City job additions proposed for use tax work
Mar. 19—The City Council on Monday will be asked to authorize the addition of new positions to the city's salary plan for jobs that would be funded with use tax revenue.
Those hired would have duties related to action plans that are tied to achieving the council's six goals for community improvements, according to city documents.
Under the proposal, seven jobs would be added to the city's planning department as recommended by a recent operations study. The positions would be those for a neighborhood improvement supervisor, two neighborhood improvement officers, an administrative assistant, a project coordinator, a lead building inspector and a building inspector.
Those who fill the positions will work on 10 action plans under the goals to address declining neighborhoods, improve community appearance, increase economic development and homelessness.
Tony Robyn, assistant city manager, said the program involving the new positions would include home repair, code enforcement and addressing vacant buildings, and other tasks to clean up neighborhoods and housing.
Troy Bolander, director of the planning and development department, said the city also plans to operate programs to improve neighborhoods that include providing incentives to developers to replace dilapidated houses and enforcement of the city's sign code because of the number of paper and cardboard signs littering streets and rights of way.
The funding source for the jobs along with operational and capital costs would be the portion of the use tax that goes to the city's general fund. The budget would be amended by $510,132 to pay for the jobs and costs for the rest of the city's fiscal year, which ends Oct. 31.
Four positions are proposed for the Joplin Police Department for work on three action plans. Those positions are police sergeant, corporal, bailiff and administrative assistant. They would work on duties related to the goal of crime reduction and increasing safety. The cost, at $351,052, would be paid by use tax revenue that goes to the public safety sales tax fund.
A reorganization of the parks department to eliminate a recreation manager position and replace that job with a recreation coordinator also is proposed. The pay for the coordinator would be less than that of a manager, and there would be a savings of $13,000 as a result.
Also proposed is the addition of three positions for a communications department that would do marketing work to increase economic development.
Those jobs would be a communications director, webmaster to update and improve the functions of the city's website, and a multimedia communications specialist. The jobs would be added to the salary plan but not filled because the actual costs of the wages and operations are yet to be determined.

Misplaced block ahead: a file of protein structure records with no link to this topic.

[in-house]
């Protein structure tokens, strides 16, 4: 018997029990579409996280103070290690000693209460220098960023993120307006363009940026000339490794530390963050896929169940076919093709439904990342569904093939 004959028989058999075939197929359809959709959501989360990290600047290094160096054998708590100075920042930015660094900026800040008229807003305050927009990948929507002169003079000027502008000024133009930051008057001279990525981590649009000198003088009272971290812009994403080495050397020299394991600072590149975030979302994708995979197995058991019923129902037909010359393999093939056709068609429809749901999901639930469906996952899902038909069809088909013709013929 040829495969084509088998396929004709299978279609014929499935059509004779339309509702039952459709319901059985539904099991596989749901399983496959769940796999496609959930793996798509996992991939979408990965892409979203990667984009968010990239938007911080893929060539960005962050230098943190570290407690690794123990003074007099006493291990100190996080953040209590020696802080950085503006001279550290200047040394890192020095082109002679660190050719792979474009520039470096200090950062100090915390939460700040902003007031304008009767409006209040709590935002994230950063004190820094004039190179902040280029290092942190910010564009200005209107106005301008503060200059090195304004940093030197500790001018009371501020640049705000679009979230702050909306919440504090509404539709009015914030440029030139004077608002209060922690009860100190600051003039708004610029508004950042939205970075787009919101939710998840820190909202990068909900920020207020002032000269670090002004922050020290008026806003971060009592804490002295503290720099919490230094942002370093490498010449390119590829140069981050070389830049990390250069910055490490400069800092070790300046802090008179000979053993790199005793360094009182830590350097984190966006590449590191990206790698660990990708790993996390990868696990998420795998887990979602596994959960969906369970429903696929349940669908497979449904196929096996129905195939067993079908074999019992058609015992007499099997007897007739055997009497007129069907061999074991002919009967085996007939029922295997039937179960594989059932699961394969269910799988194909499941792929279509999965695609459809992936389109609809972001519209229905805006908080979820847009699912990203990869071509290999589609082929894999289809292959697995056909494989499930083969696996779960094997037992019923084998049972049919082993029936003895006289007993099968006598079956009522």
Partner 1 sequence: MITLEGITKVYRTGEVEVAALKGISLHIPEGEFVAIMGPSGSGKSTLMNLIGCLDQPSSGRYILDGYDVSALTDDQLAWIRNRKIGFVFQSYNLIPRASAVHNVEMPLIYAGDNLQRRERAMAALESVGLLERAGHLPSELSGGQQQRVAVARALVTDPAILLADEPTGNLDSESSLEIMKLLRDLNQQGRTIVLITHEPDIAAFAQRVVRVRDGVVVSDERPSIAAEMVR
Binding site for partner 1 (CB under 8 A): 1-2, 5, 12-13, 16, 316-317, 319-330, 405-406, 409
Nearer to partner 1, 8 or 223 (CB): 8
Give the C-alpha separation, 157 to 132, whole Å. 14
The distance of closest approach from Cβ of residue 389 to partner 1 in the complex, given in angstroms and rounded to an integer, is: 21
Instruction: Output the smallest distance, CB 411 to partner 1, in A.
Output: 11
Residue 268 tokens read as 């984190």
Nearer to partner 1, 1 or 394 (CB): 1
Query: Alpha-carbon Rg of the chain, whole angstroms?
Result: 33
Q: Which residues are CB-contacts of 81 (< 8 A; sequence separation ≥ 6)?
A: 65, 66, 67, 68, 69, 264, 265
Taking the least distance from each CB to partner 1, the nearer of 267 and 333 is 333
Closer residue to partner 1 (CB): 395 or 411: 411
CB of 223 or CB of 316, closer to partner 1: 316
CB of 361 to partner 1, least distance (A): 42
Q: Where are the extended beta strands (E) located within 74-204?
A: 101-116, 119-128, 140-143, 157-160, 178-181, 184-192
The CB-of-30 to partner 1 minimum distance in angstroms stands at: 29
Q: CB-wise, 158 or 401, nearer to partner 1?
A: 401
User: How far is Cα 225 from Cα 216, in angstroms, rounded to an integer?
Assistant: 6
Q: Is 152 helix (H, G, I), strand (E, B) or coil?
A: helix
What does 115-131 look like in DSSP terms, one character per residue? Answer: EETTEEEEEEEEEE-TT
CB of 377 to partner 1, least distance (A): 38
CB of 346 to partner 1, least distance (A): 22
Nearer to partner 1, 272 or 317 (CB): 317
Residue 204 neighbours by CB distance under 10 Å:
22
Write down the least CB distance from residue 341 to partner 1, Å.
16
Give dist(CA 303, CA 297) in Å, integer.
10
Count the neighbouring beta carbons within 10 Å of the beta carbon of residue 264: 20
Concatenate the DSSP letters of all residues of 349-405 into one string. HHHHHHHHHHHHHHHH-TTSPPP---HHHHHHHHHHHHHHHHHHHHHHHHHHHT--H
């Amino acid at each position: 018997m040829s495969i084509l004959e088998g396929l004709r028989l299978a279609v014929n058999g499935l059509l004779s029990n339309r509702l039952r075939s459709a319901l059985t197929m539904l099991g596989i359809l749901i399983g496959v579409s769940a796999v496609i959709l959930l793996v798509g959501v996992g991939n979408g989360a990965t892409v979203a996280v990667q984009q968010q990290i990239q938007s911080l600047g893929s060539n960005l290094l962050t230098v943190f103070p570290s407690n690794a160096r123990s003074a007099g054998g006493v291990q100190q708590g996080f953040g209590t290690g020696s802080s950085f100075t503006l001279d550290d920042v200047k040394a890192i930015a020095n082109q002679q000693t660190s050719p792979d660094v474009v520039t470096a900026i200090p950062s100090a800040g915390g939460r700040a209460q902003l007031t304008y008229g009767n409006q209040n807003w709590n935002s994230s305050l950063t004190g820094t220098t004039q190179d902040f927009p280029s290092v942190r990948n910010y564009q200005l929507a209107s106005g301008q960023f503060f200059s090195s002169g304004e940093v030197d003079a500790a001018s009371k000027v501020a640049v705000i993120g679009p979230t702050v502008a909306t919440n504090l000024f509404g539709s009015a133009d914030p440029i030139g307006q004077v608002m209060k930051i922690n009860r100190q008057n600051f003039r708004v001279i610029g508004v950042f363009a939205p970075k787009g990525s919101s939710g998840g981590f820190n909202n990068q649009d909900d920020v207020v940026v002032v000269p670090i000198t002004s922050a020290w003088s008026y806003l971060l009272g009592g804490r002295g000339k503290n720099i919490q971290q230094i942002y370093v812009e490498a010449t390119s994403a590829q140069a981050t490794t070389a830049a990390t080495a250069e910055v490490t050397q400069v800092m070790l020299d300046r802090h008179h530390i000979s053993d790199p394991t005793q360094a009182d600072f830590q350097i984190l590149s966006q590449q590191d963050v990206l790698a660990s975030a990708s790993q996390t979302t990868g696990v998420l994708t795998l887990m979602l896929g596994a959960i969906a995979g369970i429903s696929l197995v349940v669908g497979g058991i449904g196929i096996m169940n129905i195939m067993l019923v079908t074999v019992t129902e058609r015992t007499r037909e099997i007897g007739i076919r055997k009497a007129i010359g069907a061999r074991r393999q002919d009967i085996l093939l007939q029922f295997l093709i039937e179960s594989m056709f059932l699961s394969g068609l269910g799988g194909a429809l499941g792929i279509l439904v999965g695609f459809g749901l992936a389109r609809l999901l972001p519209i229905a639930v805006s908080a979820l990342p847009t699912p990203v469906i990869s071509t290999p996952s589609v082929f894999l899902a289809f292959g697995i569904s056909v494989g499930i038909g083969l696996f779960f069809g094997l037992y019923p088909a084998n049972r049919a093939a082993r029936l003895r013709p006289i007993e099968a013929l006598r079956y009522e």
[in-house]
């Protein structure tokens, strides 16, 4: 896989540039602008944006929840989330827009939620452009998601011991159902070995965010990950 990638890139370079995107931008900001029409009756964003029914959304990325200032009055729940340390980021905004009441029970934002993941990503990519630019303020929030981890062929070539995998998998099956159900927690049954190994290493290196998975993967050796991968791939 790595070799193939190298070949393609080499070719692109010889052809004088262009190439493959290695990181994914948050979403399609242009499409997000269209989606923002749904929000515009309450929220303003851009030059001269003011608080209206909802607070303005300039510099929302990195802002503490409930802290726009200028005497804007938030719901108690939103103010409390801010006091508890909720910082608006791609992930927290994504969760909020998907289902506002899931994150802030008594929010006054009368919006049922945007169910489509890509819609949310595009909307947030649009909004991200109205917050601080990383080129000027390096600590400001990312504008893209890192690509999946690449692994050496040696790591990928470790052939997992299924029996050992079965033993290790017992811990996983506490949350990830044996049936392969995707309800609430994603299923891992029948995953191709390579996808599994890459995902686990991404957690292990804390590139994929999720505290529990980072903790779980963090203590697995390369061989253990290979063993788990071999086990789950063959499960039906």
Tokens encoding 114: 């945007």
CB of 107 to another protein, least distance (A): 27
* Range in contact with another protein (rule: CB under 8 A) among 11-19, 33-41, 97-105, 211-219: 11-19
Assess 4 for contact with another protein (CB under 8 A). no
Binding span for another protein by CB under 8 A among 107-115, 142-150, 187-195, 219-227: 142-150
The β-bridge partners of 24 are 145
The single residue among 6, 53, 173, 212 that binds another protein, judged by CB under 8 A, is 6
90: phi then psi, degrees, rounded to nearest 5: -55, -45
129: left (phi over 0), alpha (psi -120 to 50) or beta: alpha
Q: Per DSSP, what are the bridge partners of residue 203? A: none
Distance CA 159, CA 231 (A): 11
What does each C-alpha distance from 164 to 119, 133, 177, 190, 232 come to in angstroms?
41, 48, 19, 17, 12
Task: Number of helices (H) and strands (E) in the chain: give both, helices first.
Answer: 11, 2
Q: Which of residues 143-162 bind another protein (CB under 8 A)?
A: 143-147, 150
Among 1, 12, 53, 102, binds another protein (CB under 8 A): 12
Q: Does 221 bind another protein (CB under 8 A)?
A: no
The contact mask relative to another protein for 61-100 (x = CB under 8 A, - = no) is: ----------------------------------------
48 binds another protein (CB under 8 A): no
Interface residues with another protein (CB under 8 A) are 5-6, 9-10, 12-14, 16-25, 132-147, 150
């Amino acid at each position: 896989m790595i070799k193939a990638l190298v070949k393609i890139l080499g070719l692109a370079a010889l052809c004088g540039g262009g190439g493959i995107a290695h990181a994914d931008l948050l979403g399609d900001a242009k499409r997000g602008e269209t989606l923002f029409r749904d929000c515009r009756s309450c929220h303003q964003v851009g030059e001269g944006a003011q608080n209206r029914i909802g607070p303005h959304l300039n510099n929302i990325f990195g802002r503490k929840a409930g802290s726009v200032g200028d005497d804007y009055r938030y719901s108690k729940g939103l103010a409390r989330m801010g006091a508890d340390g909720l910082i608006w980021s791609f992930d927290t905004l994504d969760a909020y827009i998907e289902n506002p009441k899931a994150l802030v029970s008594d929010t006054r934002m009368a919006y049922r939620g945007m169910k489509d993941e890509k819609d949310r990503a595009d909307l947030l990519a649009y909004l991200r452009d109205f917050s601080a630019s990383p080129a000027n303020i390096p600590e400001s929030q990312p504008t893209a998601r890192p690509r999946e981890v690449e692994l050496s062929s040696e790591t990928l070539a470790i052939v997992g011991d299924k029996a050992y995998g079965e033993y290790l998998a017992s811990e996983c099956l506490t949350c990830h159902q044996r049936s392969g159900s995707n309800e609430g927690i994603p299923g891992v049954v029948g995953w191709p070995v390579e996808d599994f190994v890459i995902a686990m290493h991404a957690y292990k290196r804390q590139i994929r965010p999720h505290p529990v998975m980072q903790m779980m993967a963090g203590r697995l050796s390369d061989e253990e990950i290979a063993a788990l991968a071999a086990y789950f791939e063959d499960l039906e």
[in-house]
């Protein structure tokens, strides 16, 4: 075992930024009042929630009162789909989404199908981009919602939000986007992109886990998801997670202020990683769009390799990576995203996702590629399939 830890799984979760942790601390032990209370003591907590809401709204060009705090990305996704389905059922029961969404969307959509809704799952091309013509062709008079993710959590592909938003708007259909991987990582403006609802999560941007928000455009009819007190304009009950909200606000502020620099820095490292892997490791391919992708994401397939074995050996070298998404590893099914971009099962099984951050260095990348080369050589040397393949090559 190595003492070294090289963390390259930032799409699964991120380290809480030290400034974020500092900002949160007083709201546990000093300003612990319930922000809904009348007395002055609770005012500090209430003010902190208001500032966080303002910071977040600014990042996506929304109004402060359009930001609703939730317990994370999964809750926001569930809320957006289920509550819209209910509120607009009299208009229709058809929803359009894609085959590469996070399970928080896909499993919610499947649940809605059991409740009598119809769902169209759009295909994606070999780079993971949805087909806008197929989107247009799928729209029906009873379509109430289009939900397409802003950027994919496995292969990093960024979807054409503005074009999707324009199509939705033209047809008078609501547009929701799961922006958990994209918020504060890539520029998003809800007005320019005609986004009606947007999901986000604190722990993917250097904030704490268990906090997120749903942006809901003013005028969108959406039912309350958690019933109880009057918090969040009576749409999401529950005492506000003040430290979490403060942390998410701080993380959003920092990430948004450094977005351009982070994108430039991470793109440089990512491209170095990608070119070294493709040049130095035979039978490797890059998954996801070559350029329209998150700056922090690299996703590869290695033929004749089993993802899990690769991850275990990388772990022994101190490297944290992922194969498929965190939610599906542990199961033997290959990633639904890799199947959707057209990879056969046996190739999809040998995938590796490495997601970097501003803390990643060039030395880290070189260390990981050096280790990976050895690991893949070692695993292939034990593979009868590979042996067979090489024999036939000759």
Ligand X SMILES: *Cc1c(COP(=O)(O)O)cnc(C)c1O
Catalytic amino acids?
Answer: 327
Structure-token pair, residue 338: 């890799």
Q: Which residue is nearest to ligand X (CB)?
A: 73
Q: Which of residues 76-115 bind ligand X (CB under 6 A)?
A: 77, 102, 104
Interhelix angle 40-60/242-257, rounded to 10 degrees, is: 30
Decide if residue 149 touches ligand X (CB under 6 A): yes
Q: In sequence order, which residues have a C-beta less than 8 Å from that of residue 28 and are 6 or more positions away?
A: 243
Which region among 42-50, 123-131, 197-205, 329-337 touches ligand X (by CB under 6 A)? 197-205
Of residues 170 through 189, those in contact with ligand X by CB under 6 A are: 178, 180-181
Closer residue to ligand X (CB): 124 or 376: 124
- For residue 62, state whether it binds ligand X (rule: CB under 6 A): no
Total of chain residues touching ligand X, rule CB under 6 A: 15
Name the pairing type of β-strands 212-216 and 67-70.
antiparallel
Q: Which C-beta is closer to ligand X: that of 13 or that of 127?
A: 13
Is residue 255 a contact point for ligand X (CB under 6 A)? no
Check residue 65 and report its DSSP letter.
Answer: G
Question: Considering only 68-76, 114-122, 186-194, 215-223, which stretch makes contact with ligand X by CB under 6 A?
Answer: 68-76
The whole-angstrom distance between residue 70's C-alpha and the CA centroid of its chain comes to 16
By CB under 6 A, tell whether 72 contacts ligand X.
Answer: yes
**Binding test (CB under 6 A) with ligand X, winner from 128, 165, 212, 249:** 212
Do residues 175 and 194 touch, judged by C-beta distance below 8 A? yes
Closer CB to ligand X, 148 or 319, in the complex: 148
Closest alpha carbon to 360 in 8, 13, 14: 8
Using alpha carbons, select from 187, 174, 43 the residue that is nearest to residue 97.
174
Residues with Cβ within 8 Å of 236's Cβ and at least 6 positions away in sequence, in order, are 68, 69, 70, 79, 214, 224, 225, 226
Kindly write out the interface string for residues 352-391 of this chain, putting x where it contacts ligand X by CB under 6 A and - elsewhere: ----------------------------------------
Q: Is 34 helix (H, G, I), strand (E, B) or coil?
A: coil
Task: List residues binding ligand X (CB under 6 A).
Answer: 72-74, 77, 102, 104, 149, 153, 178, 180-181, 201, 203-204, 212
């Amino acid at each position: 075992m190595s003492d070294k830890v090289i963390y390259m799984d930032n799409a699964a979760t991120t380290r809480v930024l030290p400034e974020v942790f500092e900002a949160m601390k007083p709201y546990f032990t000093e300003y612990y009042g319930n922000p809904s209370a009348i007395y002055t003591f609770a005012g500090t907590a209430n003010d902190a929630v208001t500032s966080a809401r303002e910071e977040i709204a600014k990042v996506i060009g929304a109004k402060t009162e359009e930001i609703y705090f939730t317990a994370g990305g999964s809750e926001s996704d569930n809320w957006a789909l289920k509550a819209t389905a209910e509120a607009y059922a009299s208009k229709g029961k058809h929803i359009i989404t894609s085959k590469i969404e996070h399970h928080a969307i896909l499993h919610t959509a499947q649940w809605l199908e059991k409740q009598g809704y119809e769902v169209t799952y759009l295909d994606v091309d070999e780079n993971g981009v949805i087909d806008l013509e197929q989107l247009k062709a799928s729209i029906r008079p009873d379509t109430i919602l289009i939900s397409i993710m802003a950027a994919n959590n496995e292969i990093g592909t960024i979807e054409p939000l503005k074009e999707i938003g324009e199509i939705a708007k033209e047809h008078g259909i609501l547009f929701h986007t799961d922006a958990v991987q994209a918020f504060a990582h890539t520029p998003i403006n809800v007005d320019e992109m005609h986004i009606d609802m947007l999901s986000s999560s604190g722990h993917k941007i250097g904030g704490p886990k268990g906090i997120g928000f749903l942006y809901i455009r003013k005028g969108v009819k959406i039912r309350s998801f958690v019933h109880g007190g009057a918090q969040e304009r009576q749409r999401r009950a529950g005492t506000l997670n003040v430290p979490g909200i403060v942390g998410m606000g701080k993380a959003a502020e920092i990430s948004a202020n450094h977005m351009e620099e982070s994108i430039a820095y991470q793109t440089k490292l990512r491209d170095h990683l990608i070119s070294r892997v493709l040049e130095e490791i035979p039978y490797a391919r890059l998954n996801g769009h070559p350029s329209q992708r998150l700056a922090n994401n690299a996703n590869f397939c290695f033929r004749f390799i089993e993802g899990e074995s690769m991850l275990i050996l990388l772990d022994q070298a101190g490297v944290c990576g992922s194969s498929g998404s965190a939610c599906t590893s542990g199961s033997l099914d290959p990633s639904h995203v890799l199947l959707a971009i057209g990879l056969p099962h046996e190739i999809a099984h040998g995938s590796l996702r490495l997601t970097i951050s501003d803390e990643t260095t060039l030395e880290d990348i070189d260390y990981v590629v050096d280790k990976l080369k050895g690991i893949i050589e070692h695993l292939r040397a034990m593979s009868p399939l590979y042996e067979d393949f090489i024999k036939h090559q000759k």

The city's personnel board recently voted to endorse the creation of all the jobs, although the staff report states that more information must be developed about the job duties.
Council members expressed a consensus of support for the positions after the Jan. 9 staff presentation.
In other business, the council will consider a work authorization agreement between the city and McClanahan Construction in the amount of $2.254 million for construction a new equipment building and some related repairs for the Turkey Creek Wastewater Treatment Plant. City documents state that a request for bids was advertised, and McClanahan was the sole bidder.
The city's legal department proposes changes to the city's code regarding the use of marijuana as the result of voter legalization of recreational marijuana, which went into effect Dec. 8.
That change allows people age 21 and older to possess up to 3 ounces of unprocessed marijuana or its equivalent. It sets fines for smoking marijuana in unauthorized public places at $100 and caps other offenses at $250 for a first offense.
It also prohibits operating a motor vehicle, aircraft or motorboat while under the influence of marijuana. Similarly, individuals may not smoke marijuana within a motor vehicle, train, aircraft, motorboat or other motorized form of transport while it is being operated.
There will be the final reading of a bill that would vacate Bird Avenue in front of Junge Stadium as requested by the Joplin School District. The council was told at its last session that the district has erected gates at both ends of the street that runs in front of the stadium to close it off during games and other events to increase pedestrian safety. That is the purpose for the request to vacate the street, a school official told the council.
The council also be asked to:
—Approve a contract for approximately $1.54 million for this year's mill and overlay of some of the city's streets.
—Authorize demolitions of dilapidated properties at 218 N. Wall Ave. at a cost of $4,950, 1417 W. 20th St. for $4,875, and 1818 S. Pearl Ave. for $4,575, all by USA Demolition.
—Vote to hold a closed session after the regular meeting to discuss real estate.